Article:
It may be the moment when you receive the latest glossy education department publication or perhaps when you contemplate last year's unfiled paperwork or when you read your plethora of irrelevant emails or when you hear the relentless tick tock of more audits.
But at some point you are aware, as we step on the treadmill for another year, that the Scottish education system is in meltdown.
We've known it for at least the whole of the last academic session. Looming rumbles about less money have become hard reality. Newly-qualified teachers are a necessary part of staffing quotas, rather than the supernumerary beings they were intended to be. Incompetent teachers continue in the system because there is no will to get rid of them. The confusion regarding A Curriculum for Excellence deepens, and we are no wiser than we were two years ago.
Worry abounds regarding the new exam format, class sizes, the condition of school buildings, the lack of effective leadership, child protection, levels of physical exercise, healthy eating and so on - no shortage of material for the Horsemen of the Apocalypse.
This present widespread lack of direction in Scottish education is unprecedented. Coupled with the litany of woes listed above is a gut feeling that we are not getting the standard right. We have journeyed far from basic literacy and numeracy, the ability to handle mental arithmetic without a calculator and the capacity to rote-learn.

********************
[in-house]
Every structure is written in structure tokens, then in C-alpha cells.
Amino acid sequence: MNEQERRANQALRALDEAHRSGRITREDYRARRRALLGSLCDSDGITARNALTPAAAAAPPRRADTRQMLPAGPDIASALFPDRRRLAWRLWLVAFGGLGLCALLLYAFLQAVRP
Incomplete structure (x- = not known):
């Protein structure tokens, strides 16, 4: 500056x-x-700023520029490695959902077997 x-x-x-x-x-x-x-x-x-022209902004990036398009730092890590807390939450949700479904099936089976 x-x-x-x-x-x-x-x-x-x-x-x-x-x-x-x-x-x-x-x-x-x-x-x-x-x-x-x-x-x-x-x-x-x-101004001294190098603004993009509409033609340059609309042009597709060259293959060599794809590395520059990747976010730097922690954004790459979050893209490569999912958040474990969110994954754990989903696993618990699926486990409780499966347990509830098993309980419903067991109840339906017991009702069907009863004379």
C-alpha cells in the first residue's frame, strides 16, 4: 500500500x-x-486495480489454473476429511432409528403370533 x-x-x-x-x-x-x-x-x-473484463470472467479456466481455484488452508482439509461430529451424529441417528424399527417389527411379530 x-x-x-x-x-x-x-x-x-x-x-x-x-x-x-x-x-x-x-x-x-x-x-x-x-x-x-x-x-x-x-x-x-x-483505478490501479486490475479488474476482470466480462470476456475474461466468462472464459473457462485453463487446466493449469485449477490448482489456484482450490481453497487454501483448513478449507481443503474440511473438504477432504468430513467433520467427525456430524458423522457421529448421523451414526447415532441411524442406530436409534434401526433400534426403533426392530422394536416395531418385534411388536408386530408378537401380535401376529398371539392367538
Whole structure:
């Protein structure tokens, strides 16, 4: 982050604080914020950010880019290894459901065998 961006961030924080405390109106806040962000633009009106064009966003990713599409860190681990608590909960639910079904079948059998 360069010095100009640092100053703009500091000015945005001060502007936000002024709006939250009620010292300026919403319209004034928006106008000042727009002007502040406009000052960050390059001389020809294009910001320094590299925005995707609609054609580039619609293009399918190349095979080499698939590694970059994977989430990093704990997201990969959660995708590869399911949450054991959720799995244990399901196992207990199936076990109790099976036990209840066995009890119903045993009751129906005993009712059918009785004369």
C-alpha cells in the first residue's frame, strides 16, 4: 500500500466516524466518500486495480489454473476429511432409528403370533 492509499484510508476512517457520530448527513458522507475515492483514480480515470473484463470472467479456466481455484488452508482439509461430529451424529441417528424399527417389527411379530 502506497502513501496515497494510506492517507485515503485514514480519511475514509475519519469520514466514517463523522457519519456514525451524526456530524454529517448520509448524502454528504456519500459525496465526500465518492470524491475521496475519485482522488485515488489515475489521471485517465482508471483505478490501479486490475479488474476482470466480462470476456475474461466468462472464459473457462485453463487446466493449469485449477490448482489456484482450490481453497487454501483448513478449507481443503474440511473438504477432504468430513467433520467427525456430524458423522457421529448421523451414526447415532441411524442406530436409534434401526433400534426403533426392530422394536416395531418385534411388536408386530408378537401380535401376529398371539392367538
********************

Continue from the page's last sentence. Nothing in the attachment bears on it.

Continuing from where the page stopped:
During the summer holidays, I had an interesting conversation with two senior biology lecturers from one of our traditional Scottish universities. They perceive a lessening of quality in candidates for postgraduate degrees, explaining that the main problem is an inability to put theory into practice. These students interview well on the area of their expertise but, when asked to think outside the box, fail.
The major underlying problem is two-fold. The way we have lowered expectations all round is totally demeaning to pupils and teachers. Excessively praising poor-quality work is detrimental to everyone in the equation.
We are failing to promote the idea that sometimes learning is a huge challenge and fraught with obstacles. Everest isn't climbed without persistence and Andy Murray speaks of the agonies he suffers in order to operate at the top of the game.
The other problem is our distaste for speaking the truth. "Areas for improvement" is how we now allude to weaknesses. Everything must be couched in politically correct terms. In thus dispossessing them of the truth, we limit the vision of our students. It's detrimental to think that you have no faults, because there is then no motivation to improve. We are producing kids totally lacking in basic oomph because they are led to believe they are hunky-dory in every area.
Good luck while you navigate the thrashing seas of the new session. I expect the daftness to get dafter.
Marj Adams teaches religious studies, philosophy and psychology in Forres Academy.